Rizal is not a place that many foreigners choose to go. I like it back there but it is a hotbed of malaria so be sure to use a mosquito net if you plan to stay there.
I stayed at the Tue Cut Pension House – a wonderful place to spend the night for 100 pesos. We were one mosquito net short so I loaded up on mosquito coils and kept them going all night.
My last trip in that neck of the woods was around 2004 but I speculate that the roads have been upgraded since that time.
Rizal is south of Quezon and the Tabon Caves. These caves were an important discovery back in 1962 when an American archeologist, Dr. Fox discovered these burial caves.
I did stop in at the museum in Quezon but did not take the boat trip out to Lipuun Point.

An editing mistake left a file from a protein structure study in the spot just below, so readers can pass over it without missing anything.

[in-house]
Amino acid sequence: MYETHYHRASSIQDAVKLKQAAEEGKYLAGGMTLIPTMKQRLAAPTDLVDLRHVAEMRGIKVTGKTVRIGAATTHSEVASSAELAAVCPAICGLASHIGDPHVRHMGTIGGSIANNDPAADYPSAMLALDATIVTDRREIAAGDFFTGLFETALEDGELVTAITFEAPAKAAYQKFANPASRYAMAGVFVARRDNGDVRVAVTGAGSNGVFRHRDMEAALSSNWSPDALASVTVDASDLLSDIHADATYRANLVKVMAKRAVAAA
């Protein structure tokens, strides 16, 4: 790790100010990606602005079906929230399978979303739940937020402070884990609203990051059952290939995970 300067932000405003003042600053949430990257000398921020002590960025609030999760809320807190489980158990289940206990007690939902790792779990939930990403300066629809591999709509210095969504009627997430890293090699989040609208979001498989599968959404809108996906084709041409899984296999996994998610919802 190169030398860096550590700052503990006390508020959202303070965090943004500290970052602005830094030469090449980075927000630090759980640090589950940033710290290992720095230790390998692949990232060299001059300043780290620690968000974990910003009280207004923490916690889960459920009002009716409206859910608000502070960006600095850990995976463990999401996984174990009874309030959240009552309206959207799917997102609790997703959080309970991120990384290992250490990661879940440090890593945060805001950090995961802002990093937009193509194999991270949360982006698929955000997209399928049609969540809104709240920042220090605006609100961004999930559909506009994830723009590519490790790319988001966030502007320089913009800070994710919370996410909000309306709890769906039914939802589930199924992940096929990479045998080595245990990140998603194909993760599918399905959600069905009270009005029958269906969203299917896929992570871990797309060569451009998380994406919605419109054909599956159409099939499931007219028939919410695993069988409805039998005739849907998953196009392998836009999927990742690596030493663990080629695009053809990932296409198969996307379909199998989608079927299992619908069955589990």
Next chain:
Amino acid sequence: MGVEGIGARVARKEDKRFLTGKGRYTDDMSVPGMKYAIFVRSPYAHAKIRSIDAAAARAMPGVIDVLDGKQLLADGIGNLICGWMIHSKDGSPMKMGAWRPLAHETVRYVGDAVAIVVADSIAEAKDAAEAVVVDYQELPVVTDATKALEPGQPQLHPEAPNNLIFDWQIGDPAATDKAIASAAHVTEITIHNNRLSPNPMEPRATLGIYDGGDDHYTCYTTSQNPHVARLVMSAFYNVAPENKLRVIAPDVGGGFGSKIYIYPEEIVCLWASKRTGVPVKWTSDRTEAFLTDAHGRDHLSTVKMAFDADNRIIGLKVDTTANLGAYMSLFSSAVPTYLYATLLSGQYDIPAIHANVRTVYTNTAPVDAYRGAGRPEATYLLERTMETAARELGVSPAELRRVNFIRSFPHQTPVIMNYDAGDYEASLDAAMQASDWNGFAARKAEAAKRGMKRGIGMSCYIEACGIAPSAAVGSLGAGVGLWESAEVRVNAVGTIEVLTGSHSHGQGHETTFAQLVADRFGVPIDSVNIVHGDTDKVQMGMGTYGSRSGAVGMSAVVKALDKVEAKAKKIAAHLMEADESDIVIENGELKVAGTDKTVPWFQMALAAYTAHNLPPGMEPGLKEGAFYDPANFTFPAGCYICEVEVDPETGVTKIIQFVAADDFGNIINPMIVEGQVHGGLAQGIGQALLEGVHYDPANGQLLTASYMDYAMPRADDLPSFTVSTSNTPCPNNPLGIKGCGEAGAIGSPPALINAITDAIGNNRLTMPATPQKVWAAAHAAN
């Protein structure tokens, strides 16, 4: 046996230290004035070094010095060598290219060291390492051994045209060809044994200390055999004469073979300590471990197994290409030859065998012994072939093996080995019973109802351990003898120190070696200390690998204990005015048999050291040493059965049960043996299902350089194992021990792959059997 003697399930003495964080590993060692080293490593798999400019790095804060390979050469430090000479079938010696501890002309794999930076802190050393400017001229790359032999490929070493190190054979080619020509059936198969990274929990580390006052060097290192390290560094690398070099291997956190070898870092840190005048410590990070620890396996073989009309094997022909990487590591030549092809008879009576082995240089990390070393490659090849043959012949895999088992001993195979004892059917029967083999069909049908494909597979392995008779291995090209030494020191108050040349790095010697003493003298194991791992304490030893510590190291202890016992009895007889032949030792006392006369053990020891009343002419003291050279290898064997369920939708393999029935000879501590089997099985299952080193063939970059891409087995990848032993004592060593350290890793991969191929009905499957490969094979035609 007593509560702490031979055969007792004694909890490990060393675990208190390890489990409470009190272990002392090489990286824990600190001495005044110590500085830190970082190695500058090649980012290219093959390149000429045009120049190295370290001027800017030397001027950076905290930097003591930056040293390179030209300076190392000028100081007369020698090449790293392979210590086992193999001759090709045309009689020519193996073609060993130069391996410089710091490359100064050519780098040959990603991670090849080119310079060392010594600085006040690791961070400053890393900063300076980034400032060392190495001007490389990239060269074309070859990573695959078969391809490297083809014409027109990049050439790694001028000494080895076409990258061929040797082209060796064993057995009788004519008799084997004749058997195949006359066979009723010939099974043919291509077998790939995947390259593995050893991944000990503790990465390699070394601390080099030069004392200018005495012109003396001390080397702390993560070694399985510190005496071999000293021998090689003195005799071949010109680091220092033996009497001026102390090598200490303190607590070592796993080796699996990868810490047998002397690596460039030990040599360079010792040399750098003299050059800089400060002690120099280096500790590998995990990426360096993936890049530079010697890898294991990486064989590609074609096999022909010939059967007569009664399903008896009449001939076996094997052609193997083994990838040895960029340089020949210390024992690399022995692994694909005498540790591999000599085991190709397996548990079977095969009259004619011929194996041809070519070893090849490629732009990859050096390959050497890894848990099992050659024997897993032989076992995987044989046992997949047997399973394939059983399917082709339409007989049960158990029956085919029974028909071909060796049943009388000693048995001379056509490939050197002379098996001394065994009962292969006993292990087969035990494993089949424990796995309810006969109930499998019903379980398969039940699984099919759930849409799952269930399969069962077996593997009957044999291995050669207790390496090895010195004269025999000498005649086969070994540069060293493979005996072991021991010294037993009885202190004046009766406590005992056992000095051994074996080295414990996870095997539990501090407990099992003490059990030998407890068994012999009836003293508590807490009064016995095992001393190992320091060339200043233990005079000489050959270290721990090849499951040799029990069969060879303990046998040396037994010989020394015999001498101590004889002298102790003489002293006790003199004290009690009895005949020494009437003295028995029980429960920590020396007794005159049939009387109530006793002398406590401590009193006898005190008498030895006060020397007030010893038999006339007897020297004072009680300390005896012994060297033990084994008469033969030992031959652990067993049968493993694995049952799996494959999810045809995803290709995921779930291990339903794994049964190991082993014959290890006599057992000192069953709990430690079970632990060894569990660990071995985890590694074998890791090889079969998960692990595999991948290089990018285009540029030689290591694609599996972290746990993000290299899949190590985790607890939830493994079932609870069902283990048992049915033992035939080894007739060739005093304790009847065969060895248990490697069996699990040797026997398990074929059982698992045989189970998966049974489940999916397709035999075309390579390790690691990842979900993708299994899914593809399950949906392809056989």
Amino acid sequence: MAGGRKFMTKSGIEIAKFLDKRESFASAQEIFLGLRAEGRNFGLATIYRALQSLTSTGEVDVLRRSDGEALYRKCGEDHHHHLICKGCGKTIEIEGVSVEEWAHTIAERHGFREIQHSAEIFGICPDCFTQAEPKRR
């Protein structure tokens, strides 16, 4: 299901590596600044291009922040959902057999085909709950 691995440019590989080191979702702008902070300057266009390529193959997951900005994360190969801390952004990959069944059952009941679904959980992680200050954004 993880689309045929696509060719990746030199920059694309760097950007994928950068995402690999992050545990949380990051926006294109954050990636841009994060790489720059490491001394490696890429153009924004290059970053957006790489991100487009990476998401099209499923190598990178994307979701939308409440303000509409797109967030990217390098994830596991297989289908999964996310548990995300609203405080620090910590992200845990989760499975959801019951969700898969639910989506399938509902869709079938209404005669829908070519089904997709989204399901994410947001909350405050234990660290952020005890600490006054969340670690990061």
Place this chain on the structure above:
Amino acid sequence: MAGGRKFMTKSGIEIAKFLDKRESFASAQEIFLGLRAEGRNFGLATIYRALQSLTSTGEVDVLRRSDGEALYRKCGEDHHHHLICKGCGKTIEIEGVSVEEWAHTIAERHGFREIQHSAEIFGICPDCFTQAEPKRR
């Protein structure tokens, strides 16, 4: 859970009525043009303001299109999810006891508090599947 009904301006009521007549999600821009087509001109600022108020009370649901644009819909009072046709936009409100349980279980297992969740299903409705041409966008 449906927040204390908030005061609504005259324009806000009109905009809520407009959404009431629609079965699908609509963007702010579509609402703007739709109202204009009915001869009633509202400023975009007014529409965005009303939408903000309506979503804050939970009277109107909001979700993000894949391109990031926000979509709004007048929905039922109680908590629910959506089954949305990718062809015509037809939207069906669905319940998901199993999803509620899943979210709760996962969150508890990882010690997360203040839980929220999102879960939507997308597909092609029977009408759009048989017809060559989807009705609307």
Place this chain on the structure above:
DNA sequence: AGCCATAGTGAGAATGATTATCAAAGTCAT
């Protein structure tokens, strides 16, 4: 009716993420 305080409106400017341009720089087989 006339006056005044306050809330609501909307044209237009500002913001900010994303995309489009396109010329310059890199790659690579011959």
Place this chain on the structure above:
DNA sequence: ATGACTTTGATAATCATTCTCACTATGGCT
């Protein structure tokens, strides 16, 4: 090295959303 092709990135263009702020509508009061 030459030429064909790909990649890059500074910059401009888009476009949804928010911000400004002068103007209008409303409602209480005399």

Some of the older Filipinos tell me that there used to be clay pots with bones in them stored in the caves but when the archeologists came in the 1960′s they removed them all.
The western road eventually lands up in Rio Tuba. No one I talked to was able to tell me if the road went all the way through.
It was a bit muddy but that added to the adventure.
Several new bridges were being built to replace old worn out wooden ones. Here is a heavy equipment operator digging rock from the river.
The mining in the southern part of Palawan was the engine generating all these improvements.
There is even a 9 golf course in Rio Tuba for the mining execs to play.
The airport is a beauty too.
I have not been on this road in 6 years but at that time it was an unusual route to take to get to Rio Tuba.
I do not think that you will find any lodging houses, fuel, or food until you reach Rio Tuba if you take the back way.
You can get your bearings by looking at this picture of the mountains.
Almost all traffic to Rio Tuba passes on the eastern side of this mountain not on the western side